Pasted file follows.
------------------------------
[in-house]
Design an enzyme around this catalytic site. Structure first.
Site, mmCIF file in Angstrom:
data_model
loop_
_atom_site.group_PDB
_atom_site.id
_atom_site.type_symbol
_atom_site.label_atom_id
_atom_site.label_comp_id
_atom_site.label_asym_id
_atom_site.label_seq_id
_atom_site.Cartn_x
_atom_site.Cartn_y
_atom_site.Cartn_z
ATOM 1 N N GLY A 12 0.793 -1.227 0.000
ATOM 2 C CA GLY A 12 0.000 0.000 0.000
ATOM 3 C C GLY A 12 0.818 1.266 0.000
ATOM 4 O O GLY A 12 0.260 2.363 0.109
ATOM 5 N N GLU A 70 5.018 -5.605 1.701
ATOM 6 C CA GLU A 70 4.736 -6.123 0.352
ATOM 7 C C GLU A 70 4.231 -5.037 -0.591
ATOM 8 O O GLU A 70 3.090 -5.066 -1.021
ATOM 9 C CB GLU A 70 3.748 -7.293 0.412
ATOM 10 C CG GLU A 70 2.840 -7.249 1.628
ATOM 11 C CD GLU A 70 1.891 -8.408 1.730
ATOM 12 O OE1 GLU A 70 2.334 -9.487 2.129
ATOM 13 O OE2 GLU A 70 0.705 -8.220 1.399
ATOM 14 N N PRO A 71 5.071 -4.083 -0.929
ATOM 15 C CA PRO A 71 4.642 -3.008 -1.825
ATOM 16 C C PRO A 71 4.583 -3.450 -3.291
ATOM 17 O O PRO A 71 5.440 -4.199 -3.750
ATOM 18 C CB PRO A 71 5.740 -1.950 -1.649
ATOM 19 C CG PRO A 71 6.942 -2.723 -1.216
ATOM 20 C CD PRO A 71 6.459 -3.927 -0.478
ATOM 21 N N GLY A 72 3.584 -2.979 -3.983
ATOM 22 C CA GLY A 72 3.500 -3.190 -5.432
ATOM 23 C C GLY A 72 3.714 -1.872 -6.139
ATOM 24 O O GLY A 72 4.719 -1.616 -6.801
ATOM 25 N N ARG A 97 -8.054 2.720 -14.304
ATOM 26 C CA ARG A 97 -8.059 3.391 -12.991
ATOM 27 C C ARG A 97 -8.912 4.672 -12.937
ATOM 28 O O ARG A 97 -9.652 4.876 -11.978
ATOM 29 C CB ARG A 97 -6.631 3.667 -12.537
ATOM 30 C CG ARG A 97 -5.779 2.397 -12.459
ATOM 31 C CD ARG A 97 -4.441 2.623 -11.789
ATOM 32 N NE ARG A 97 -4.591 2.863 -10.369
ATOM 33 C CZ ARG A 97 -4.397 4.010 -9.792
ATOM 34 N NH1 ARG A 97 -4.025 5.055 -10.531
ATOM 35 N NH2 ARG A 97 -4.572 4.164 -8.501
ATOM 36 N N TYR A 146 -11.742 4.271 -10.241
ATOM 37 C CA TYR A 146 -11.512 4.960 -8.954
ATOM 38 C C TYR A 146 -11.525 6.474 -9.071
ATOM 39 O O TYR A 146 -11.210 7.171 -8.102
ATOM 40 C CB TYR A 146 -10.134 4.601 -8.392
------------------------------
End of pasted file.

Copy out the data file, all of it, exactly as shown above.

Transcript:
[in-house]
Design an enzyme around this catalytic site. Structure first.
Site, mmCIF file in Angstrom:
data_model
loop_
_atom_site.group_PDB
_atom_site.id
_atom_site.type_symbol
_atom_site.label_atom_id
_atom_site.label_comp_id
_atom_site.label_asym_id
_atom_site.label_seq_id
_atom_site.Cartn_x
_atom_site.Cartn_y
_atom_site.Cartn_z
ATOM 1 N N GLY A 12 0.793 -1.227 0.000
ATOM 2 C CA GLY A 12 0.000 0.000 0.000
ATOM 3 C C GLY A 12 0.818 1.266 0.000
ATOM 4 O O GLY A 12 0.260 2.363 0.109
ATOM 5 N N GLU A 70 5.018 -5.605 1.701
ATOM 6 C CA GLU A 70 4.736 -6.123 0.352
ATOM 7 C C GLU A 70 4.231 -5.037 -0.591
ATOM 8 O O GLU A 70 3.090 -5.066 -1.021
ATOM 9 C CB GLU A 70 3.748 -7.293 0.412
ATOM 10 C CG GLU A 70 2.840 -7.249 1.628
ATOM 11 C CD GLU A 70 1.891 -8.408 1.730
ATOM 12 O OE1 GLU A 70 2.334 -9.487 2.129
ATOM 13 O OE2 GLU A 70 0.705 -8.220 1.399
ATOM 14 N N PRO A 71 5.071 -4.083 -0.929
ATOM 15 C CA PRO A 71 4.642 -3.008 -1.825
ATOM 16 C C PRO A 71 4.583 -3.450 -3.291
ATOM 17 O O PRO A 71 5.440 -4.199 -3.750
ATOM 18 C CB PRO A 71 5.740 -1.950 -1.649
ATOM 19 C CG PRO A 71 6.942 -2.723 -1.216
ATOM 20 C CD PRO A 71 6.459 -3.927 -0.478
ATOM 21 N N GLY A 72 3.584 -2.979 -3.983
ATOM 22 C CA GLY A 72 3.500 -3.190 -5.432
ATOM 23 C C GLY A 72 3.714 -1.872 -6.139
ATOM 24 O O GLY A 72 4.719 -1.616 -6.801
ATOM 25 N N ARG A 97 -8.054 2.720 -14.304
ATOM 26 C CA ARG A 97 -8.059 3.391 -12.991
ATOM 27 C C ARG A 97 -8.912 4.672 -12.937
ATOM 28 O O ARG A 97 -9.652 4.876 -11.978
ATOM 29 C CB ARG A 97 -6.631 3.667 -12.537
ATOM 30 C CG ARG A 97 -5.779 2.397 -12.459
ATOM 31 C CD ARG A 97 -4.441 2.623 -11.789
ATOM 32 N NE ARG A 97 -4.591 2.863 -10.369
ATOM 33 C CZ ARG A 97 -4.397 4.010 -9.792
ATOM 34 N NH1 ARG A 97 -4.025 5.055 -10.531
ATOM 35 N NH2 ARG A 97 -4.572 4.164 -8.501
ATOM 36 N N TYR A 146 -11.742 4.271 -10.241
ATOM 37 C CA TYR A 146 -11.512 4.960 -8.954
ATOM 38 C C TYR A 146 -11.525 6.474 -9.071
ATOM 39 O O TYR A 146 -11.210 7.171 -8.102
ATOM 40 C CB TYR A 146 -10.134 4.601 -8.392